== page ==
Infrastructure Investment and Jobs Act

The Benton Institute ACP Performance Tool

The Affordable Connectivity Program (ACP) is at an inflection point. Launched in early 2022, ACP provides 17 million households up to $30/month in subsidies to offset the cost of broadband. But the program faces two critical challenges. First, less than a third of eligible households currently participate in the program—mainly because the people who could benefit most from the subsidy are unaware that it exists. The Federal Communications Commission (FCC), local governments, and digital equity groups are stepping up efforts to improve ACP awareness and participation.

Half of ACP-Eligible Households Still Unaware of the Program

After a year of operation, half of all households eligible for the Affordable Connectivity Program (ACP) internet subsidy are unaware of the benefit. A January 2023 survey of low-income households finds that over 50% say they have never heard of the program or do not know anything about it. Although many eligible households are unaware of ACP, the survey points to ways in which policymakers and community leaders can encourage enrollment. First, outreach can make a difference.

Understanding and Driving Enrollment in the Affordable Connectivity Program

Fitting the monthly cost of a broadband subscription into a low-income household budget is difficult, to say the least, because of the costs of competing necessities like lodging, food, and healthcare. These financial pressures—and unexpected expenses—keep too many people in the U.S. from subscribing to home broadband service—or cause them to drop service at times to make ends meet. During the COVID-19 pandemic, Congress recognized these obstacles for low-income people and created a program—first called the Emergency Broadband Benefit Program—to reduce the monthly costs of connectivity.

It’s No Time to Disarm in the War Against the Digital Divide

The pandemic spurred policymakers and community leaders around the country to create programs to connect those without home broadband service or computers. These programs have had an impact. New government data show sharp increases in broadband and computer adoption in the 2019-to-2021 time frame. Initiatives such as the Affordable Connectivity Program (ACP) have helped address “subscription vulnerability” for low-income households. With progress evident, it is time to extend and build on the ACP and local affordability programs.

FCC Releases New National Broadband Maps

The Federal Communications Commission released a pre-production draft of its new National Broadband Map. The map will display specific location-level information about broadband services available throughout the country – a significant step forward from the census block level data previously collected. This release of the draft map kicks off the public challenge processes that will play a critical role in improving the accuracy of the map.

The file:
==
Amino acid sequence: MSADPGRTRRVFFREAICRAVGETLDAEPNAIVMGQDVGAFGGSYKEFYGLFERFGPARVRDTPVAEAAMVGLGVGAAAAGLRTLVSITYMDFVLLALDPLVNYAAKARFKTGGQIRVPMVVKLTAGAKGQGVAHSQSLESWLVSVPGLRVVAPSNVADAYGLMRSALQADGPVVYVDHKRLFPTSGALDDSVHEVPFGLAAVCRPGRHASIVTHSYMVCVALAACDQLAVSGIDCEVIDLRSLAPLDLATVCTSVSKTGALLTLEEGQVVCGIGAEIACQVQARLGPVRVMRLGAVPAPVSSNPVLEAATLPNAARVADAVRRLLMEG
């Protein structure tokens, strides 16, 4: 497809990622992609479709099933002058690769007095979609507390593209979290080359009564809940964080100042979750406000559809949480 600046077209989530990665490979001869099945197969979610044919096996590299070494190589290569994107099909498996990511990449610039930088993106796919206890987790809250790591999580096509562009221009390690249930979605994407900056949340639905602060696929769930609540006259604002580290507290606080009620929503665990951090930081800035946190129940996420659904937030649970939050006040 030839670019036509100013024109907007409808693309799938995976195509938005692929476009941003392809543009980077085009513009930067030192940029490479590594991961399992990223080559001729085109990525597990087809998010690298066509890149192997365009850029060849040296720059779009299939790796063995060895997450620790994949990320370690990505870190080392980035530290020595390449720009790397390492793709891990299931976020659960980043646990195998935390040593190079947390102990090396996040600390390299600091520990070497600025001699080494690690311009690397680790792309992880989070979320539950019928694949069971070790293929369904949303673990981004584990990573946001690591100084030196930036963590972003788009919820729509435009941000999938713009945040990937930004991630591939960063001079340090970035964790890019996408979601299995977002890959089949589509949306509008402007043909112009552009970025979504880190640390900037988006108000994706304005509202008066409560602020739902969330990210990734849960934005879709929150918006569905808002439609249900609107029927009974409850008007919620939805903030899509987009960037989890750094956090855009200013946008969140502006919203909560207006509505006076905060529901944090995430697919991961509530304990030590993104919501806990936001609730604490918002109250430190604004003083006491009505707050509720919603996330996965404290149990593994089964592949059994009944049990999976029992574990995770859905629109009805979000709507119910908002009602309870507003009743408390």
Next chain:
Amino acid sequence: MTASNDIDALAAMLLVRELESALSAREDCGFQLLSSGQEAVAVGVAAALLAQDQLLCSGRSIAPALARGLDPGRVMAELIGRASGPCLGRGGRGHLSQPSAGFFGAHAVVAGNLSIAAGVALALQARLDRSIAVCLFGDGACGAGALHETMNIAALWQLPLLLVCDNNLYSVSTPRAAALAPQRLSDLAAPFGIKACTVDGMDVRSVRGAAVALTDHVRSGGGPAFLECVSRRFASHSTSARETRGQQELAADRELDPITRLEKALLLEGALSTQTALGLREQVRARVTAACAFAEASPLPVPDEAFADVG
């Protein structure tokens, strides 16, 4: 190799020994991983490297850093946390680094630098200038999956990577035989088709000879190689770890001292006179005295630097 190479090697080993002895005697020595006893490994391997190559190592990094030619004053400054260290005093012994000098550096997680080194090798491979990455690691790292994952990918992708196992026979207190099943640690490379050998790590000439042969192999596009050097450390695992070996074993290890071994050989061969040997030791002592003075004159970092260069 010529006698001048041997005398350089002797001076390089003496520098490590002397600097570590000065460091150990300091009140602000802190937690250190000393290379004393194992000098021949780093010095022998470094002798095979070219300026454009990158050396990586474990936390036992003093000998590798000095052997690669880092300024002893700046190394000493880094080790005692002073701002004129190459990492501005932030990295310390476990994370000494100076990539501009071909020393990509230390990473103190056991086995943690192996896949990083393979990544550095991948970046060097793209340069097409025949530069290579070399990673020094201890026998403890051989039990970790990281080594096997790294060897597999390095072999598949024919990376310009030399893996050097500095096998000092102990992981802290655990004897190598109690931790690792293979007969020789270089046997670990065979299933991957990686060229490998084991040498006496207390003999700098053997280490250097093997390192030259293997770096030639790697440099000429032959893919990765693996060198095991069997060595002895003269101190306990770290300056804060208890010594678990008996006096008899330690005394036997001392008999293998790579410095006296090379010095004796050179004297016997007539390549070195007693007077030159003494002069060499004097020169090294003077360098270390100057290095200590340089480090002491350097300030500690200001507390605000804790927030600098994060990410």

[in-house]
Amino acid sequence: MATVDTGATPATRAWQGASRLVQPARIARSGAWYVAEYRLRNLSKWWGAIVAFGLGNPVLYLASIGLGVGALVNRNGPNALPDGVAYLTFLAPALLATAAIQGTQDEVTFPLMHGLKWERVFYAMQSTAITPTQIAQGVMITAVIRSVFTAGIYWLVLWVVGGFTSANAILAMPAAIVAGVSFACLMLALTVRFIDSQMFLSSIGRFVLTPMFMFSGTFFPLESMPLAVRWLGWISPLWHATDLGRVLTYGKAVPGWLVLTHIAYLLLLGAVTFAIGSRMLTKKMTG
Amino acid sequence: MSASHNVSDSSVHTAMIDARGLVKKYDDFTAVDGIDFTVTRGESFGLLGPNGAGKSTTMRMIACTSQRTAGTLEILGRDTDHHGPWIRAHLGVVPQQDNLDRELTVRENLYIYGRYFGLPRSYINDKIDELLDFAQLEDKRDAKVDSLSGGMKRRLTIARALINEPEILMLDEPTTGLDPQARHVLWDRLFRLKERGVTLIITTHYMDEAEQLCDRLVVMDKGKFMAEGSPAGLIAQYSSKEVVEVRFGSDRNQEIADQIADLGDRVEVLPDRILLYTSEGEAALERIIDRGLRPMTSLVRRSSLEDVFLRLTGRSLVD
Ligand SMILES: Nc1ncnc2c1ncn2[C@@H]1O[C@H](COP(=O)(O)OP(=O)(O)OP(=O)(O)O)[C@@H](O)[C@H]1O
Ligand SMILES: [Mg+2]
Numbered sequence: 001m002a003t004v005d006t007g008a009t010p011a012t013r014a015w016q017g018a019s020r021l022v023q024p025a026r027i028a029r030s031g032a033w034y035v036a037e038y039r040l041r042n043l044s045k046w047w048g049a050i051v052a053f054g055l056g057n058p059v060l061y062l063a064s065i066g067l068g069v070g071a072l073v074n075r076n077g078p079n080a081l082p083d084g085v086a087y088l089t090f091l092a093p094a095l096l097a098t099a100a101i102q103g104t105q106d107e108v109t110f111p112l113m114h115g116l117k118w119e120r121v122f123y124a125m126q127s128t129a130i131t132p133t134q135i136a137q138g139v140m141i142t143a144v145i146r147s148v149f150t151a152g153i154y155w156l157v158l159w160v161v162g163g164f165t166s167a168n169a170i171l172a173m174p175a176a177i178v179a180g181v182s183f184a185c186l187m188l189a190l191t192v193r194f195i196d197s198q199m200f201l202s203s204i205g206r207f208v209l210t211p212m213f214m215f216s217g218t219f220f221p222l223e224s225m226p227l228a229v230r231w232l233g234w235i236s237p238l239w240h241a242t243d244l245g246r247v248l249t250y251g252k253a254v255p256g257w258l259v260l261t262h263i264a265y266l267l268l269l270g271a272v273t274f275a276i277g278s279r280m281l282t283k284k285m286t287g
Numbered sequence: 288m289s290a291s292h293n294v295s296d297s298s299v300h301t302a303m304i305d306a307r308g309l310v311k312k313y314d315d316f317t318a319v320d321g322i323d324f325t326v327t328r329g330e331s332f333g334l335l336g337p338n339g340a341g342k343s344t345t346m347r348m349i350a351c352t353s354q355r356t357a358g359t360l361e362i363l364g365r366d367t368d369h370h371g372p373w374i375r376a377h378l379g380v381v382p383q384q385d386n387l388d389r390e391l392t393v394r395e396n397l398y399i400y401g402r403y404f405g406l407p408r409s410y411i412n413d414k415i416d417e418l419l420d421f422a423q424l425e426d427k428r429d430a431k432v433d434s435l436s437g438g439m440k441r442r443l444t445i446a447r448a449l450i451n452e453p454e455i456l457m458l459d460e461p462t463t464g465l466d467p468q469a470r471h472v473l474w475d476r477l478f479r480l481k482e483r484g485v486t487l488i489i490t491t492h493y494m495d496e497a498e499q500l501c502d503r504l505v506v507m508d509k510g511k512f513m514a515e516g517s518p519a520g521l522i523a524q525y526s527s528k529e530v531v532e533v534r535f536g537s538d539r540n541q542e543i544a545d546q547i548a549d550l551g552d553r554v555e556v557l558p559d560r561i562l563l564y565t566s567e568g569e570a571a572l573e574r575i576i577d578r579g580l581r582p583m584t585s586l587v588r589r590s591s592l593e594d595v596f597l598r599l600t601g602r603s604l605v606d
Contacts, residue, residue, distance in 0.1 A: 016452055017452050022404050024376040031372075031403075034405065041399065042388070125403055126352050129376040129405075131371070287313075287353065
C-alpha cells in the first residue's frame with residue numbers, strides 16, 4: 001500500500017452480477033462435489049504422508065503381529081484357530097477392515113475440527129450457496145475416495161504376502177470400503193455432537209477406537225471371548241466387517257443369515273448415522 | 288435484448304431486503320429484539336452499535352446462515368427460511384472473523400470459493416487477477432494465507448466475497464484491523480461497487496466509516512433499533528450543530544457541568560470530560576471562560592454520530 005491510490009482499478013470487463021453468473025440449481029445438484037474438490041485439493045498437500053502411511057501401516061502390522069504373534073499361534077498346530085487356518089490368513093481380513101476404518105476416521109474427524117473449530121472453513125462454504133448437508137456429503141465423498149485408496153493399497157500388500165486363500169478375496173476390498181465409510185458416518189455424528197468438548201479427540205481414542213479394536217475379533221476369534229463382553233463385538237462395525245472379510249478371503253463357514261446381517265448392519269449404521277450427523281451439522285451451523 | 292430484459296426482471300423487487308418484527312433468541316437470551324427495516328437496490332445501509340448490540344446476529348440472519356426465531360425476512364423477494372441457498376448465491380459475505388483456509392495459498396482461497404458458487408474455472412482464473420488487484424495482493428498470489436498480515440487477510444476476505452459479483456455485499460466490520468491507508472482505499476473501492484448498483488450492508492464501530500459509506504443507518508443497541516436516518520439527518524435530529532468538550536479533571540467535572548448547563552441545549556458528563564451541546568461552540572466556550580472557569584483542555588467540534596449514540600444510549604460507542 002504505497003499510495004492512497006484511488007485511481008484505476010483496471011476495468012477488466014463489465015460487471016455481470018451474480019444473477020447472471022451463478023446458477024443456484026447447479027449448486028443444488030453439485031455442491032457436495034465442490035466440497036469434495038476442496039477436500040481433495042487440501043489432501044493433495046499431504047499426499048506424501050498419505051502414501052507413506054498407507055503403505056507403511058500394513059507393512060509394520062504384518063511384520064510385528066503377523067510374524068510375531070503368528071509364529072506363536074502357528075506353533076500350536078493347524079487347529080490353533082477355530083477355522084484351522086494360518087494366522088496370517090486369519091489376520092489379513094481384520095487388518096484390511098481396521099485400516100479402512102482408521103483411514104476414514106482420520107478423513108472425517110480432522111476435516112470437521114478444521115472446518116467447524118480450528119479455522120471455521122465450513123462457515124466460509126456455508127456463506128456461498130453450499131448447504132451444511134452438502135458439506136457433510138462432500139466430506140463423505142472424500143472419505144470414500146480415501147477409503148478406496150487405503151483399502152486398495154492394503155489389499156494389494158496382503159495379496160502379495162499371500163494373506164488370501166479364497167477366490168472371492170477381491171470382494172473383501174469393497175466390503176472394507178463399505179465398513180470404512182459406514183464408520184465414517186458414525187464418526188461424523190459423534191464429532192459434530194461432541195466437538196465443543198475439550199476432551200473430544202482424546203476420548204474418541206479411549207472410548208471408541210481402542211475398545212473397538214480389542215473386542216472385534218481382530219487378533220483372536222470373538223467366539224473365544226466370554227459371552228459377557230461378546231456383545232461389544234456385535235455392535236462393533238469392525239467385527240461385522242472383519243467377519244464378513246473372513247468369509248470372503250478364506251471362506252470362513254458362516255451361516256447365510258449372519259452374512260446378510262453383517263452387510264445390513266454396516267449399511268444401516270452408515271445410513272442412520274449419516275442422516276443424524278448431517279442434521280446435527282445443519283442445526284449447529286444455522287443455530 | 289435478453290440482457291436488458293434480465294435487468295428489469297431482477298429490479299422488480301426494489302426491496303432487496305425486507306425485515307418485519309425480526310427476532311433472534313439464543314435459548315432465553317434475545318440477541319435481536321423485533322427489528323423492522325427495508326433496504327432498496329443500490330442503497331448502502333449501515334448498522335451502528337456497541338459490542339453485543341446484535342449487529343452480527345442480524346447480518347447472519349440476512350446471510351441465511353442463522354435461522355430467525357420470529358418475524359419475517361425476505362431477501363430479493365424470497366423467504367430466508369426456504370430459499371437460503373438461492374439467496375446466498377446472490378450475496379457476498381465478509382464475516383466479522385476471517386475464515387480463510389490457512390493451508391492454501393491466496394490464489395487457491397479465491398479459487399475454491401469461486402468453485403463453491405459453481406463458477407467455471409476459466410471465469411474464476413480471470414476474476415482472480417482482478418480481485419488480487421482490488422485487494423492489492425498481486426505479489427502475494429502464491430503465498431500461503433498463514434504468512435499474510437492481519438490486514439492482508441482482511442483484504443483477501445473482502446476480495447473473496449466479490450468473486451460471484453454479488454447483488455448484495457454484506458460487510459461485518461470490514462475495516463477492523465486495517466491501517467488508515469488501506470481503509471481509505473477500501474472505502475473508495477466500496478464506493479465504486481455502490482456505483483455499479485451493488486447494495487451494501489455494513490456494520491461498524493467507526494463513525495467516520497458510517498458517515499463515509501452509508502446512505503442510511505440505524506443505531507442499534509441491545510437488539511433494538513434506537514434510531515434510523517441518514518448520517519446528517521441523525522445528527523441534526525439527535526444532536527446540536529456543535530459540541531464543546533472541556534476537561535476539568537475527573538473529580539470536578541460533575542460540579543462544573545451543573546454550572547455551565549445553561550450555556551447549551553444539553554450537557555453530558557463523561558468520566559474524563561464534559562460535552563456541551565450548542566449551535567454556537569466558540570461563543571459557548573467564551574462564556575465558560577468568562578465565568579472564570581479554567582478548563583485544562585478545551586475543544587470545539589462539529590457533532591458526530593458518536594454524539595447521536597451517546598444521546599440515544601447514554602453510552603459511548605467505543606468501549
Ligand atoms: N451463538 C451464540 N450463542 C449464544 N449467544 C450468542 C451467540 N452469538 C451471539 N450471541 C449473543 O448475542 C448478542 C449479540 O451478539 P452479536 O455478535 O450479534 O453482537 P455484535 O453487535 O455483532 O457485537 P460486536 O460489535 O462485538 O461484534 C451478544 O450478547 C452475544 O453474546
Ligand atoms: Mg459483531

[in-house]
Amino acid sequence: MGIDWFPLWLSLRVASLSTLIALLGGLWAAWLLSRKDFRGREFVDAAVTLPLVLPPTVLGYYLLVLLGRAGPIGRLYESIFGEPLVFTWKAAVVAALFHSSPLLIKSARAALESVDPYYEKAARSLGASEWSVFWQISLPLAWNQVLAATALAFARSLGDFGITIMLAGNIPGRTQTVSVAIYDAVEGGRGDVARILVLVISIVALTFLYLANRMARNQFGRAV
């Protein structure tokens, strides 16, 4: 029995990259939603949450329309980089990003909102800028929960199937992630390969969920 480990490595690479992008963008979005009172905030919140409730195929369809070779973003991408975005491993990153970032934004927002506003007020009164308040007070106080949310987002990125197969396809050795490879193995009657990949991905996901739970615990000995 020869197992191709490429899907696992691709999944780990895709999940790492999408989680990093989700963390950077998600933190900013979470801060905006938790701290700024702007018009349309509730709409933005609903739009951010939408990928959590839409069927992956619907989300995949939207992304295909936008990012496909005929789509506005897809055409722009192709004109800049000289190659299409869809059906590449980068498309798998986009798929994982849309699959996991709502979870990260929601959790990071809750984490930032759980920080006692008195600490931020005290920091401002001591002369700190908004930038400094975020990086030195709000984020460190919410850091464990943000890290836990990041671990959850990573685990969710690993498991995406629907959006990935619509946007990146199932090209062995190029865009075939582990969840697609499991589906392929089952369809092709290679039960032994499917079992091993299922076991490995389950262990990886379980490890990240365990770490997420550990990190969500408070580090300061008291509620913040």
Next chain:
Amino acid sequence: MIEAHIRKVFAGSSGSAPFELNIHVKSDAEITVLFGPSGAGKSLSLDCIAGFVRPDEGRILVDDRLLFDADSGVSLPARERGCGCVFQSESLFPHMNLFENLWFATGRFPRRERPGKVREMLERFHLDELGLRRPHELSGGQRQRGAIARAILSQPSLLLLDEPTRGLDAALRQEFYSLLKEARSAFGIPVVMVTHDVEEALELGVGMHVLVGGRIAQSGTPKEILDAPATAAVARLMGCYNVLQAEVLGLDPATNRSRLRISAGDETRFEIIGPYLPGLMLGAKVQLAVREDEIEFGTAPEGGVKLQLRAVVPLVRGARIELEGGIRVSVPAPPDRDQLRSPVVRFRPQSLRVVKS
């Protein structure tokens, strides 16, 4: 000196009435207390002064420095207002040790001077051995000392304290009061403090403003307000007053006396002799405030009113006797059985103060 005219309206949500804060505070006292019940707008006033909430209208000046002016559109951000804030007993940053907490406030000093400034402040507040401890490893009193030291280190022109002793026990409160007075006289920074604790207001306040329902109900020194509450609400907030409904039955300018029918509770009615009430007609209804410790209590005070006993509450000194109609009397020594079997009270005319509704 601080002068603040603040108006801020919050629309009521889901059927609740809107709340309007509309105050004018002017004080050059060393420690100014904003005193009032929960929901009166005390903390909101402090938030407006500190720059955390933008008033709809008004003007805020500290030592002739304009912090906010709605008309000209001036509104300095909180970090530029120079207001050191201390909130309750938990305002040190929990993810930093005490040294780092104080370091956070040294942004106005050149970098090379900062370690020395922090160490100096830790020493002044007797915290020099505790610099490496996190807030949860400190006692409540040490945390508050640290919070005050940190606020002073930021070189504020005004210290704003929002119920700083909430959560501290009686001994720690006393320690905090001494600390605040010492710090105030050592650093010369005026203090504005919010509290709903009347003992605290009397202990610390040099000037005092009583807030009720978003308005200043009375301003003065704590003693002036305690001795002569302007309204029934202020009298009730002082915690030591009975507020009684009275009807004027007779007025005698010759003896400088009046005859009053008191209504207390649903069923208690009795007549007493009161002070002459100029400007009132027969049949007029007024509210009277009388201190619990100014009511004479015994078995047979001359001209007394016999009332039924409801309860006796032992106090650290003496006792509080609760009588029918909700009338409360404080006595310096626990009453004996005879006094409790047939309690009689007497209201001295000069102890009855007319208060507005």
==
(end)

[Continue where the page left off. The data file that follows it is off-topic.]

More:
Broadband Mapping By and For Communities

On Monday, September 26, Benton Institute for Broadband & Society Director of Research and Fellowships Dr. Revati Prasad hosted an online panel discussion, From the Ground Up: Broadband Mapping By and for Communities, on how communities and states are collecting data on local broadband availability as the Federal Communications Commission rolls out the Broadband Data Collection (BDC) program.

FCC Announces Additional Funding Opportunities for Outreach Grants to Raise Nationwide Awareness of Affordable Connectivity Program

The Federal Communications Commission announced details for additional outreach grant opportunities to promote the Affordable Connectivity Program (ACP). The outreach grants seek to enlist targeted trusted community messengers to develop innovative outreach strategies to reach historically unserved and underserved communities.

Governor Walz (D-MN) Signs Broadband Bill Into Law

Governor Tim Walz (D-MN) signed a broadband bill into law. The legislation includes a $100 million investment to expand high-speed broadband to help achieve the state’s goal of ensuring everyone has access to high-speed broadband across the state. This investment will supplement federal funding allocated to Minnesota under the Infrastructure Investment and Jobs Act (IIJA).

Louisiana releases BEAD proposal draft, digital equity plan

As states prepare to receive their allocations from the $42.5 billion Broadband Equity, Access and Deployment (BEAD) program, Louisiana is putting the finishing touches on its plan to put that money to work. The state’s broadband office released the first volume of its BEAD proposal, outlining Louisiana’s current efforts to deploy broadband, a breakdown of unserved and underserved locations as well as how it plans to tackle the challenge process.

Biden-Harris Administration Announces $4.5 Million in Internet for All Grants to Tribal Lands

 The Department of Commerce’s National Telecommunications and Information Administration (NTIA) awarded grants totaling $4.5 million to 9 Tribes as part of the Tribal Broadband Connectivity Program (TBCP). These grants will help reduce monthly Internet service costs, plan for future Internet infrastructure investments, upgrade network equipment, and purchase devices.